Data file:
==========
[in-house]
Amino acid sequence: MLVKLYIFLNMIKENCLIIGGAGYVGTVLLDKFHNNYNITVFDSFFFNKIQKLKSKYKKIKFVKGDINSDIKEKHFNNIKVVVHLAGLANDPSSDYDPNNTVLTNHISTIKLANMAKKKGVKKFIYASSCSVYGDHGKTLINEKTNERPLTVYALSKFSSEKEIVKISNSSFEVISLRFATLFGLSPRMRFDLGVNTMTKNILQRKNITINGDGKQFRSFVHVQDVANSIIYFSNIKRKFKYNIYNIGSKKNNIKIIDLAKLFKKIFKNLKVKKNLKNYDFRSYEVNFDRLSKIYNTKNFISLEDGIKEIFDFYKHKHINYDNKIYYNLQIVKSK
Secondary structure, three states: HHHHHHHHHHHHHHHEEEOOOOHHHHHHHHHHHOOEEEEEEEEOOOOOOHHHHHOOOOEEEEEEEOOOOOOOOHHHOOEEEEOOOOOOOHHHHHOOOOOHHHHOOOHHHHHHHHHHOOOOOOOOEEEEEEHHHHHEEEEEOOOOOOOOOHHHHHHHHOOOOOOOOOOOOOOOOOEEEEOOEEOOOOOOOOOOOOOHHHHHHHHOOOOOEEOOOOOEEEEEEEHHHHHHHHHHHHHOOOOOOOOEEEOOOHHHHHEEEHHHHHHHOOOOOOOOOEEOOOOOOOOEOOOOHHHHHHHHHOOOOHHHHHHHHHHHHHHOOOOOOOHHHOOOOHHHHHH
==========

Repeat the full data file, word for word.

[in-house]
Amino acid sequence: MLVKLYIFLNMIKENCLIIGGAGYVGTVLLDKFHNNYNITVFDSFFFNKIQKLKSKYKKIKFVKGDINSDIKEKHFNNIKVVVHLAGLANDPSSDYDPNNTVLTNHISTIKLANMAKKKGVKKFIYASSCSVYGDHGKTLINEKTNERPLTVYALSKFSSEKEIVKISNSSFEVISLRFATLFGLSPRMRFDLGVNTMTKNILQRKNITINGDGKQFRSFVHVQDVANSIIYFSNIKRKFKYNIYNIGSKKNNIKIIDLAKLFKKIFKNLKVKKNLKNYDFRSYEVNFDRLSKIYNTKNFISLEDGIKEIFDFYKHKHINYDNKIYYNLQIVKSK
Secondary structure, three states: HHHHHHHHHHHHHHHEEEOOOOHHHHHHHHHHHOOEEEEEEEEOOOOOOHHHHHOOOOEEEEEEEOOOOOOOOHHHOOEEEEOOOOOOOHHHHHOOOOOHHHHOOOHHHHHHHHHHOOOOOOOOEEEEEEHHHHHEEEEEOOOOOOOOOHHHHHHHHOOOOOOOOOOOOOOOOOEEEEOOEEOOOOOOOOOOOOOHHHHHHHHOOOOOEEOOOOOEEEEEEEHHHHHHHHHHHHHOOOOOOOOEEEOOOHHHHHEEEHHHHHHHOOOOOOOOOEEOOOOOOOOEOOOOHHHHHHHHHOOOOHHHHHHHHHHHHHHOOOOOOOHHHOOOOHHHHHH